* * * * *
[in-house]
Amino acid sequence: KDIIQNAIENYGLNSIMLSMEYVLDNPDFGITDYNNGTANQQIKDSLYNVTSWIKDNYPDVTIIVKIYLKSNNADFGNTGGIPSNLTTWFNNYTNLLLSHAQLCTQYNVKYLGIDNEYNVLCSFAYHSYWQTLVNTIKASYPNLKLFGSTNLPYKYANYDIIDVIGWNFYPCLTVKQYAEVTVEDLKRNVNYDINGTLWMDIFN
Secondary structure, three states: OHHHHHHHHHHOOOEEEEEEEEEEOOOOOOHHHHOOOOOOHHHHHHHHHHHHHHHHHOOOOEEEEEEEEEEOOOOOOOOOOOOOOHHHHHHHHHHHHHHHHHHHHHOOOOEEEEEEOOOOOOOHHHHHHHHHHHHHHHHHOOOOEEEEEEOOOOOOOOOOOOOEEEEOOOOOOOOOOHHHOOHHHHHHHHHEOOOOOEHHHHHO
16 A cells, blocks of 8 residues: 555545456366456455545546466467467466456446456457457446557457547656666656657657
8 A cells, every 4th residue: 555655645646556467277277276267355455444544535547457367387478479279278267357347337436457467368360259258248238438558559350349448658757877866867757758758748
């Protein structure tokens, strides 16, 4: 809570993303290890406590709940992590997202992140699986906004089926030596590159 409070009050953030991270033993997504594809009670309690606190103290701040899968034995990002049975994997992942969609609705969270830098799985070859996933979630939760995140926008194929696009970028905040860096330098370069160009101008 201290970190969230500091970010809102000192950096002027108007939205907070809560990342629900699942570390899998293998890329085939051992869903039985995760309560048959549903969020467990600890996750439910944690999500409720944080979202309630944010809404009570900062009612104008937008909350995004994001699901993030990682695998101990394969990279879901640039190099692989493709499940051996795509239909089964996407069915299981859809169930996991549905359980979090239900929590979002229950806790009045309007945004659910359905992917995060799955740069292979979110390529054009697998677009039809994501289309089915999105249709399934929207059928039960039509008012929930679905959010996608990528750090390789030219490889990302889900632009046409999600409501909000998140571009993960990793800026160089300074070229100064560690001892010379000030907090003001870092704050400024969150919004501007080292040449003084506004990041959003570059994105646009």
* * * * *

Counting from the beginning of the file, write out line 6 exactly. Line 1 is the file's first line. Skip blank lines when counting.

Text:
């Protein structure tokens, strides 16, 4: 809570993303290890406590709940992590997202992140699986906004089926030596590159 409070009050953030991270033993997504594809009670309690606190103290701040899968034995990002049975994997992942969609609705969270830098799985070859996933979630939760995140926008194929696009970028905040860096330098370069160009101008 201290970190969230500091970010809102000192950096002027108007939205907070809560990342629900699942570390899998293998890329085939051992869903039985995760309560048959549903969020467990600890996750439910944690999500409720944080979202309630944010809404009570900062009612104008937008909350995004994001699901993030990682695998101990394969990279879901640039190099692989493709499940051996795509239909089964996407069915299981859809169930996991549905359980979090239900929590979002229950806790009045309007945004659910359905992917995060799955740069292979979110390529054009697998677009039809994501289309089915999105249709399934929207059928039960039509008012929930679905959010996608990528750090390789030219490889990302889900632009046409999600409501909000998140571009993960990793800026160089300074070229100064560690001892010379000030907090003001870092704050400024969150919004501007080292040449003084506004990041959003570059994105646009």